The Management attribute describes how the EA practice manages itself.
A mature EA practice is typically a program within a larger organization and needs to be managed as such to be able to have accountability for delivering specific outcomes. Areas of maturity include:
Business case: How the EA practice demonstrates return on investment and responds to changes in performance of the practice
Leadership: How the EA practice is led to advance its maturity in all attributes
People: How the EA practice defines roles, recruits, develops, and assesses its members
Coordination: How the EA practice initiates, defines, and tracks work to completion
Funding: How the EA practice obtains and uses funding to sustain itself
Maturity is demonstrated by management that enables the EA practice and its members to be most effective given its resources and selected scope. At increasing levels of maturity, an EA practice should be able to:
Milestones and Actions
At increasing levels of maturity, an EA practice should be able to:
Level 1: Initiating
Level 2: Formed
Level 3: Defined
Level 4: Managed
Level 5: Improving
The vision, business case and initial organizational structure for the EA practice is identified.
The EA capability is approved by the organization. EA resources are identified and charged. Progress towards the value proposition is tracked and reported to stakeholders.
The EA program has a clear and measured value proposition. Proper financial and staffing resources are available. The program is embedded within the organizational structure of the organization.
The EA practice has processes in place to regularly evaluate its value proposition and to adjust to opportunities and constraints.
The EA practice engages in strategic thinking and long-term planning.
Use the maturity model to discuss where the EA practice will start and how it will mature over time.
Identify potential EA contributors in the organization, or the need to recruit new resources.
Identify potential funding sources for an initial commitment to an EA practice.
Identify a leader accountable for maturing the EA practice.
Identify the resources available to the EA practice, whether they report directly to an EA program or are distributed.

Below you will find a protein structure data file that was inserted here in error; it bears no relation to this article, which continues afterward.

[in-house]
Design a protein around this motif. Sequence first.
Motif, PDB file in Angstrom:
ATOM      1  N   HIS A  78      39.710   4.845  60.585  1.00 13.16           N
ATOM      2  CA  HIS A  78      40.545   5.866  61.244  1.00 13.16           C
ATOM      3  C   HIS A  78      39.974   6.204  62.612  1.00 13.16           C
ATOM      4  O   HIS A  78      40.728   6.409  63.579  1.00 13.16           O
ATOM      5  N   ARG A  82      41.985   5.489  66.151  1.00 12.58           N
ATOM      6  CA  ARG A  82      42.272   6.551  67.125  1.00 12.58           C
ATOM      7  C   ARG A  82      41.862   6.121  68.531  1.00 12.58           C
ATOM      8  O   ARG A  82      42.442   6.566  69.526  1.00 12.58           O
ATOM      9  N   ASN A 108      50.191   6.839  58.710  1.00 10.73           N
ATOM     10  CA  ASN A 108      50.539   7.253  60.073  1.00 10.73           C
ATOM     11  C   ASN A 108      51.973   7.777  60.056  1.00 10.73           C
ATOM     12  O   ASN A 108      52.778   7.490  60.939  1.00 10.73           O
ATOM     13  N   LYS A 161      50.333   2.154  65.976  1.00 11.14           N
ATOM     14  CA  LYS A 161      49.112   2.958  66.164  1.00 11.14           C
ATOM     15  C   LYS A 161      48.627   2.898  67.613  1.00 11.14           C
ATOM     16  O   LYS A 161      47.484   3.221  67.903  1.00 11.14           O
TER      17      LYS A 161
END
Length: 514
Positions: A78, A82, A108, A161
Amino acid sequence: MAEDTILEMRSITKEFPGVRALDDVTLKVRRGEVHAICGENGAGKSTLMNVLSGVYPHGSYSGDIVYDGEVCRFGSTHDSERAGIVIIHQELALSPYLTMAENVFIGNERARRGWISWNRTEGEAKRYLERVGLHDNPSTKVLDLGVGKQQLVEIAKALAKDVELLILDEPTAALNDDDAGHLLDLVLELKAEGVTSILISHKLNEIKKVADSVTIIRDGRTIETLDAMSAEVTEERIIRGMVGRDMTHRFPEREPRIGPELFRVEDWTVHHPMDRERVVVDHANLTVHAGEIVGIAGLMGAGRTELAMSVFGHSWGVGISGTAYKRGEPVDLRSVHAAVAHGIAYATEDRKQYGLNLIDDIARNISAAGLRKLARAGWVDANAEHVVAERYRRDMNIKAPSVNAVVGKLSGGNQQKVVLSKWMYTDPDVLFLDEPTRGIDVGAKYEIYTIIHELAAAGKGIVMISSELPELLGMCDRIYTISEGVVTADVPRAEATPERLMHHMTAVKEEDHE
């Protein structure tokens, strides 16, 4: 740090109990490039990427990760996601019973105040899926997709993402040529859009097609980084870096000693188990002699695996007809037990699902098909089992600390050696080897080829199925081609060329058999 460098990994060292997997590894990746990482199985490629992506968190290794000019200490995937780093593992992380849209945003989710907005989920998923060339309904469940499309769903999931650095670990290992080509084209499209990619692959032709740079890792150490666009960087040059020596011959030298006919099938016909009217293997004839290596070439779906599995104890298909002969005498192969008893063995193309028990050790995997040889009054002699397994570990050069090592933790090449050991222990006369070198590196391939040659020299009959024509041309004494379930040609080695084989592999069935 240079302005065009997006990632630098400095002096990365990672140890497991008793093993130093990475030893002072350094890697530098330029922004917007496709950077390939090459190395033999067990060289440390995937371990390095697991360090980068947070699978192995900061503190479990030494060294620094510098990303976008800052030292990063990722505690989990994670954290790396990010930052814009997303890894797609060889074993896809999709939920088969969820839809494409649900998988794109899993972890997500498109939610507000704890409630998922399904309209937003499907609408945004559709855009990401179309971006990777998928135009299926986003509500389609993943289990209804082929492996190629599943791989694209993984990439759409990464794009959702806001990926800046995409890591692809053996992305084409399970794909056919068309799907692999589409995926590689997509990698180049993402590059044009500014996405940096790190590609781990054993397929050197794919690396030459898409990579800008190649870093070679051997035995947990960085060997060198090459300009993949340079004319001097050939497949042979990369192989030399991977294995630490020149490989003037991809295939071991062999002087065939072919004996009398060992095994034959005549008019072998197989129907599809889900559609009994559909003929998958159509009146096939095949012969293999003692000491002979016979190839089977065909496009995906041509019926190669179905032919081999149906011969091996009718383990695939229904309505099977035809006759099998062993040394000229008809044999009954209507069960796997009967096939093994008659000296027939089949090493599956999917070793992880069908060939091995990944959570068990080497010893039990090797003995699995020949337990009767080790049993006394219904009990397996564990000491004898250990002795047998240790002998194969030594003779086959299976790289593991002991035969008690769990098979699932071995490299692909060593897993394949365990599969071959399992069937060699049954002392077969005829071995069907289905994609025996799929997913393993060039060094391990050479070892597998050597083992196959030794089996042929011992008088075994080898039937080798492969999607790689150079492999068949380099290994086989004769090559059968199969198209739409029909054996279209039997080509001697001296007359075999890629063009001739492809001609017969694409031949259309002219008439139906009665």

Regularly bring together the EA resources to plan future work. Appropriate tools are in place for managing work and sharing deliverables.
Demonstrate the business case for an ongoing EA practice with defined goals and value.
Identify standard job descriptions for EA resources and work with HR to align job descriptions and skills with EA practice goals. Identify individual and team development opportunities.
Routinely plan and track work across all EA resources using a shared method, such as Scrum Agile. Define customer-facing work with standard practices such as statements of work.
Establish regular recurring funding for the EA practice.
Routinely measure the performance of the EA practice and revise goals, resource allocations, or approaches accordingly.
Regularly assess the maturity of the EA practice and adjust its approach to meet stated maturity goals.
Evaluate the performance of each EA resource in relation to the goals of the EA practice and manage employee performance accordingly.
Routinely estimate and track effort for EA work. Consistently hit deadlines for EA deliverables. Routinely align EA work with other teams.
Regularly seek opportunities for the EA practice to grow into new scope based on demonstrated past value.
Continue to stretch the EA practice toward high levels of maturity in all attributes.
Put in place professional development and succession planning.
All Contributed Resources
The following resources in the Itana Library are tagged as related to this maturity attribute.
(To contribute a resource, see Contribute Your Experiences and label the page you add with EAMM_Management)